Our first view of Thimphu and its valley was from a Druk airplane during a flight from Paro to Bumthang. In the photos below you can see the still-under-construction Buddha Dordenma statue. It is surrounded by a large expanse of the white stone of the plaza in front of it. It is said that this statue can be seen from space.


Our first visit to Thimphu was a short one. We were merely passing through from Punakha to Paro. We spent less than 90 minutes in the city but while there we had a very enjoyable visit with Dhamey Norgay, his charming wife Sonam Dorji, and our trekking guide Phub Tshering. Our six-day Jomolhari Trek would be starting the next day.



Our second arrival in Thimphu was the evening after our trek. We checked into our hotel, rested, had dinner, and went to bed. The trek had been a great experience, but we were tired from the very long downhill this day.

The next morning, before Lakey, our guide, and Kencho, our driver, arrived, I took some photos of the street in front of our hotel. The photo on the left below is a two-shot panorama taken with my iPhone.




Lakey and Stephen discussed the plans for the morning and Kencho was waiting by the car.



Our first stop was the Motithang Takin Preserve where we saw barking deer (L) and sambar deer (R).


But the real star of the show was the takin, the national animal of Bhutan. The takin is said to have been created by the Divine Madman who combined the head of a goat with the body of a cow. In any case, the takin is certainly a strange looking animal.



As we were leaving the Takin Preserve, a group of children arrived. One boy with a hat and an attitude attracted my attention.


We drove up Gadem Lam for an overview of the city. The photo below was taken with my iPhone. We would return to the spot the next evening to do some photography of the city after dark.


We hiked to the Wangditse Monastery which was being rebuilt. We met a woman doing her wash and got a look at her homemade loom.



We saw a woman burning incense on a cliff above the Thimphu Dzong.



Below is a view of Thimphu from near the monastery.


I am quite fascinated by some of the “modern” methods that are used in both Bhutan and Nepal for construction.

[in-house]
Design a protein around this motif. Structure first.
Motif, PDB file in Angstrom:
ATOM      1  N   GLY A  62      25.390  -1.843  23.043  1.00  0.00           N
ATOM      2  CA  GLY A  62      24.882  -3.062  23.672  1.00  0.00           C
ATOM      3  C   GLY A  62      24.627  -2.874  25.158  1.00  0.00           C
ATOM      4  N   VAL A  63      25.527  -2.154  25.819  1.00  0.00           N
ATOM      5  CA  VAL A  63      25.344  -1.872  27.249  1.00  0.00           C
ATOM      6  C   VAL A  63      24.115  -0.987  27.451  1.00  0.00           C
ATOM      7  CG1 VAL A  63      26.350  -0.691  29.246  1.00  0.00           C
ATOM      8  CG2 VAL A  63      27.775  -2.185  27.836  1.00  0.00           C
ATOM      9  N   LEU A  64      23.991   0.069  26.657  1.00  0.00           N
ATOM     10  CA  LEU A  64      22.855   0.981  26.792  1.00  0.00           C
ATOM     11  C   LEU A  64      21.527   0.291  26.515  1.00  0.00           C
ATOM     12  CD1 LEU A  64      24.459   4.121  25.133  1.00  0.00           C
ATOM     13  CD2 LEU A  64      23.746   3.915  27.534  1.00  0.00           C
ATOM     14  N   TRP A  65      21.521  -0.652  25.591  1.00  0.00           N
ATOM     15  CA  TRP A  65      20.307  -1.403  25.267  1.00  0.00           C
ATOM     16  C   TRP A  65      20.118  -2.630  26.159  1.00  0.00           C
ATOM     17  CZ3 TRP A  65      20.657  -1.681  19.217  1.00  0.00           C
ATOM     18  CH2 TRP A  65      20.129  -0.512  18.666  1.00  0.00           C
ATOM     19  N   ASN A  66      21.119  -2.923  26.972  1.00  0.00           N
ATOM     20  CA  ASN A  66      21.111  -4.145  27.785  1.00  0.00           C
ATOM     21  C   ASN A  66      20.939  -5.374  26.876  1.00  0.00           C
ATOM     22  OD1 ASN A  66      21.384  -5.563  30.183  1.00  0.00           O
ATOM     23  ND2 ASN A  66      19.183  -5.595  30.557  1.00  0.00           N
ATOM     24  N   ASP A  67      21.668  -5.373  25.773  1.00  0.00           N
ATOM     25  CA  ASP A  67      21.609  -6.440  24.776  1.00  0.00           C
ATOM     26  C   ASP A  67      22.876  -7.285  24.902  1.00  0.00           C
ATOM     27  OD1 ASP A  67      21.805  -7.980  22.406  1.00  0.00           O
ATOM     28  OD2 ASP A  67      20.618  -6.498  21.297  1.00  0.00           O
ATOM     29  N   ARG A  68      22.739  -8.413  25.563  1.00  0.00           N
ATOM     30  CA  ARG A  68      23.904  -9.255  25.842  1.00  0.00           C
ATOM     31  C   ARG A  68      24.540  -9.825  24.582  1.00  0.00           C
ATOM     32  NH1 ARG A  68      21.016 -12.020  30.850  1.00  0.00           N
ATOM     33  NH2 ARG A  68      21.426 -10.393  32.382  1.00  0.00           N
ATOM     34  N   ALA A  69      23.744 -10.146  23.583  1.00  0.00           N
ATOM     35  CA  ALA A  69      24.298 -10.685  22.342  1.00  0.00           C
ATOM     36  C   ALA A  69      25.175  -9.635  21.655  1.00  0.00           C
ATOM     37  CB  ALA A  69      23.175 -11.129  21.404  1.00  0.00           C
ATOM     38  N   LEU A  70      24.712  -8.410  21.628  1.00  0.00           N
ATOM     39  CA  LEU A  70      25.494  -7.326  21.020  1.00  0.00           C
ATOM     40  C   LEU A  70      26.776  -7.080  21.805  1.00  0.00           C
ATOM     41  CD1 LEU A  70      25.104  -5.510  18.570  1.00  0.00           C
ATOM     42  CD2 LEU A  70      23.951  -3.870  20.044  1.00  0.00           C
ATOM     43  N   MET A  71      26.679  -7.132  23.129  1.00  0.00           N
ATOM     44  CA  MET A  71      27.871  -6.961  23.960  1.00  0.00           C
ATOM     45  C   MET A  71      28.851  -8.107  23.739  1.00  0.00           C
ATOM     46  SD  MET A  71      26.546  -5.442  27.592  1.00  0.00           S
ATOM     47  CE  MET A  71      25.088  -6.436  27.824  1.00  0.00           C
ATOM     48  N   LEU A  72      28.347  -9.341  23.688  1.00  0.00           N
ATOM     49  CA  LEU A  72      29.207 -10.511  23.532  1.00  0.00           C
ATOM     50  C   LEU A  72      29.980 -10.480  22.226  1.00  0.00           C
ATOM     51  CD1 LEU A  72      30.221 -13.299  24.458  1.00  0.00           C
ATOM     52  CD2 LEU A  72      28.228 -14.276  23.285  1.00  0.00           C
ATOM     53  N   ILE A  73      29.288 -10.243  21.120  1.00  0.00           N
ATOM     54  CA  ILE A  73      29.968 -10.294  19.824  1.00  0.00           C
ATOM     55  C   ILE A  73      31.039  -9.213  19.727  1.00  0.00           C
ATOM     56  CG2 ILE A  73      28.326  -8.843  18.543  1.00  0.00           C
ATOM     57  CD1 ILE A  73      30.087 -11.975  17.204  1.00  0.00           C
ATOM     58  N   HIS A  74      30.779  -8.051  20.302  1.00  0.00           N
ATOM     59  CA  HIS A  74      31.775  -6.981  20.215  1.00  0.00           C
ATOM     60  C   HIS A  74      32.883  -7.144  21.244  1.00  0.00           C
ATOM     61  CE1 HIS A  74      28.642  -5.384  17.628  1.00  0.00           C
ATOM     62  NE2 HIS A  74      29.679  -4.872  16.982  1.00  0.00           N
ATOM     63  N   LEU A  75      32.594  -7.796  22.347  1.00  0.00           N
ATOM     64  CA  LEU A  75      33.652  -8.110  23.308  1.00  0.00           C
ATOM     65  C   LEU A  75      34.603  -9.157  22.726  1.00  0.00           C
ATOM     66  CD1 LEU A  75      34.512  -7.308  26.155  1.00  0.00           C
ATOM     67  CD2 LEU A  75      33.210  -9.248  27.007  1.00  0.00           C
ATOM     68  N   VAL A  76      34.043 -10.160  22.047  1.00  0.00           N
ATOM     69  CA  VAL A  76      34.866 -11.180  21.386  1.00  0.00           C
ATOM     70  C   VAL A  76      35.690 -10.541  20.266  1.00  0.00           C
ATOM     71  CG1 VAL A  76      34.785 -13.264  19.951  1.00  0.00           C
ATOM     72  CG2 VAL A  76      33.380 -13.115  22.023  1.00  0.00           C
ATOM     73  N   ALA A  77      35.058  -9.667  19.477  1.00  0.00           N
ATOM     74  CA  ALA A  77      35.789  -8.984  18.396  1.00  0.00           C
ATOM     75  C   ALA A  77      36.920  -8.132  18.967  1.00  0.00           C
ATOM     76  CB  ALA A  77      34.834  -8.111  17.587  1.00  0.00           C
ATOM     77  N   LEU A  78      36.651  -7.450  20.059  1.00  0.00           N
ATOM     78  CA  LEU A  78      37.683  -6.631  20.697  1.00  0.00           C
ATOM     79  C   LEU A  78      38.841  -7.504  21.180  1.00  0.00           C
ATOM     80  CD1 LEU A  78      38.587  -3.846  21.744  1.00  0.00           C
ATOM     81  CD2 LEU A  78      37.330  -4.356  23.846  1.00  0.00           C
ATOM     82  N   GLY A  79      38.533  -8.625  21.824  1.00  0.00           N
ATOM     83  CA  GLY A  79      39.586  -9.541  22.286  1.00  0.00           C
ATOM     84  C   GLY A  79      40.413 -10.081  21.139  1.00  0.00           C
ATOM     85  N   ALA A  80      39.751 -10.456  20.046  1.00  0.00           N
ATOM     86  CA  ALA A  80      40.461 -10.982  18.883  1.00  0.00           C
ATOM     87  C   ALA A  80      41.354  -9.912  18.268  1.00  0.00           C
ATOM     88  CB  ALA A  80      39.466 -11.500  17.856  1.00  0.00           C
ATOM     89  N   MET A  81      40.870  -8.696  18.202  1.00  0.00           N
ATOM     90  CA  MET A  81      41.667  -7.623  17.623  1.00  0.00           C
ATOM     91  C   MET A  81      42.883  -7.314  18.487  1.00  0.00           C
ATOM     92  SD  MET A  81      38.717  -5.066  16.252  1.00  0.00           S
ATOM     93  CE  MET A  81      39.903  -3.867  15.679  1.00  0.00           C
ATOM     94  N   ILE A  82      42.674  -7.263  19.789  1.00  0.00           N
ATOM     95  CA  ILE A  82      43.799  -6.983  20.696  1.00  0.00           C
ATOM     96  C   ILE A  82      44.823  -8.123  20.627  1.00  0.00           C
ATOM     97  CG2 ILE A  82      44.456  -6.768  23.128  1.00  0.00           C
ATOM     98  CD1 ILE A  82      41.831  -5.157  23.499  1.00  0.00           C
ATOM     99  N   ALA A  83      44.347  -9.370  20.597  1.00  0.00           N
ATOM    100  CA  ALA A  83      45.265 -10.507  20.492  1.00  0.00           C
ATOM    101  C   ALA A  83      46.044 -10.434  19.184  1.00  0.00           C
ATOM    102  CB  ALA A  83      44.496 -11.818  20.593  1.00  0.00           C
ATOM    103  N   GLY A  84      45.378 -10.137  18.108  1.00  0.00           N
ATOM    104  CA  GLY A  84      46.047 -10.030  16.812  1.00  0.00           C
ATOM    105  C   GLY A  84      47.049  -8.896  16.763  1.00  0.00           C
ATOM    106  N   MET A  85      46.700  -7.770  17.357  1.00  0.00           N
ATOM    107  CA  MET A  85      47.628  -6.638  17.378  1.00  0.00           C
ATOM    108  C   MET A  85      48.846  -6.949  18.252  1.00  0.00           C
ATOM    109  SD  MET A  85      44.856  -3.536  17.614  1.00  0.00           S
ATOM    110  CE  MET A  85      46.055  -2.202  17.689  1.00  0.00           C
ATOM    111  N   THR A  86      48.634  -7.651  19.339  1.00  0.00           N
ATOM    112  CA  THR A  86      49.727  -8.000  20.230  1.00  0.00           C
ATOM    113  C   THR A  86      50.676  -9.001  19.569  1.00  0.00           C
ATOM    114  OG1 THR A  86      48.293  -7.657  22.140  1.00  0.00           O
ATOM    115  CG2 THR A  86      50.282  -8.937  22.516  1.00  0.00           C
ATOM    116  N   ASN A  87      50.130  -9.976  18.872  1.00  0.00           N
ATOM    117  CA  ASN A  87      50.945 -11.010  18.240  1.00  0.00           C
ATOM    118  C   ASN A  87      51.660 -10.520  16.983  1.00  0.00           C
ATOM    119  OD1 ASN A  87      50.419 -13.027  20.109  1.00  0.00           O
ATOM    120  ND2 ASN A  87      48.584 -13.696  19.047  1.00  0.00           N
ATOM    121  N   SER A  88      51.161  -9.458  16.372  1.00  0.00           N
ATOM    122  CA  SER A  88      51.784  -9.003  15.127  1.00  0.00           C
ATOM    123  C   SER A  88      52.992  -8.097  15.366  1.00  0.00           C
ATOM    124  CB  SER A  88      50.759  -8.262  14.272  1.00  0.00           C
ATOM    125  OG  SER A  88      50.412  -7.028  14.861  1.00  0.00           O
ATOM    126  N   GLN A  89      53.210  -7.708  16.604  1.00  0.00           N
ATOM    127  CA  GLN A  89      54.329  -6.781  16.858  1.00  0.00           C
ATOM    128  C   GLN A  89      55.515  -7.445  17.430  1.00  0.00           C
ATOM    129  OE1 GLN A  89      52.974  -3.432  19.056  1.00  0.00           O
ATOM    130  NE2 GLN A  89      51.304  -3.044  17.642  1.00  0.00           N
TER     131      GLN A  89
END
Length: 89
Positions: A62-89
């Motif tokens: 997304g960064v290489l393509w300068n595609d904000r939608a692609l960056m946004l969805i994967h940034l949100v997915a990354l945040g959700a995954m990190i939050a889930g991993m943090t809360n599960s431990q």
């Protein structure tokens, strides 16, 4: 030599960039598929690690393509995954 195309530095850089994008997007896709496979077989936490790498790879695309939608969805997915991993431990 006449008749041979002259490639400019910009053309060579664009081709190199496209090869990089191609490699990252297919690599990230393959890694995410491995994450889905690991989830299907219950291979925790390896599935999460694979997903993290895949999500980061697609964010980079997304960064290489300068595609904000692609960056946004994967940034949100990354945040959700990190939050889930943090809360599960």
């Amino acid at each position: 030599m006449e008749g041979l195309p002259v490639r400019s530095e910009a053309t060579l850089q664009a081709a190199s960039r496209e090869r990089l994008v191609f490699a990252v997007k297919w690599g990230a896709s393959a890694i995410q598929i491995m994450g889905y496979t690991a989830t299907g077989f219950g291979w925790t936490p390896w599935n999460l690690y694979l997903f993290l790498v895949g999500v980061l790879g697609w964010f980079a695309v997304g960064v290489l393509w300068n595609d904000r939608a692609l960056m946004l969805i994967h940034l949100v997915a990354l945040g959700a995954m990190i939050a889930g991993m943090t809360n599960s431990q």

We had a great lunch at the Cousins Restaurant of steamed momos and fried dough. I took several photos out the restaurant window.



Leaving the restaurant I got a long distant shot of the huge Buddha statue we would hike to tomorrow.


Below is a slideshow of other photos I took during the morning in Thimphu.



After lunch we visited the National Textile Museum. It is a beautiful building inside and out, and the textiles and exhibits there were fantastic. However photography was not permitted so I have nothing to show here.

As a photographer, I was frustrated with not being able to take photos in temples or government-owned museums in Bhutan. This contrasted sharply with Nepal where photography was permitted almost everywhere.

We visited Zorig Chusum Art School. It was wonderful to be able to walk among the students, take pictures, and observe their progress with sculpture, drawing, painting, and textiles at work. In the parking lot outside of the art school I photographed two young girls.

Below is a slideshow of the art school.



Our next stop was the Jungshi Handmade Paper Factory. We saw paper being made from the fibrous inner bark of daphne shrubs, a subspecies of laurel. This paper is also known as lokta paper in Nepal. In the slideshow below one can see a worker in the early stages of fiber preparation, some of the pulp fiber, screening of the fibers to make sheets, and an overview of the area.


As we left the paper factory the light on the city was fascinating. I created an artistic rendering of it as seen below.


Our final stop for the afternoon was the Thimphu Dzong. Frankly, I was much more impressed by the beautiful dzongs in Punakha and Trongsa. Perhaps my feelings were somewhat tempered by the fact that we had to stand outside late into the afternoon while the flag was lowered and all the workers paraded past heading home. But I got some photos of the roses in the garden outside. The slideshow below shows photos from outside and inside this dzong.



Dhamey took us to dinner at the Seasons Restaurant, a short walk from our hotel. This was definitely not a typical Bhutanese restaurant. We had a wonderful French onion soup followed by pizza.



The next morning I made a few photos near our hotel before breakfast. In the left photo below you can see the floors above the Seasons Restaurant filled with lines of pigeons. The photo below right is very typical; there were many pictures of the king and his beautiful wife all around Thimphu.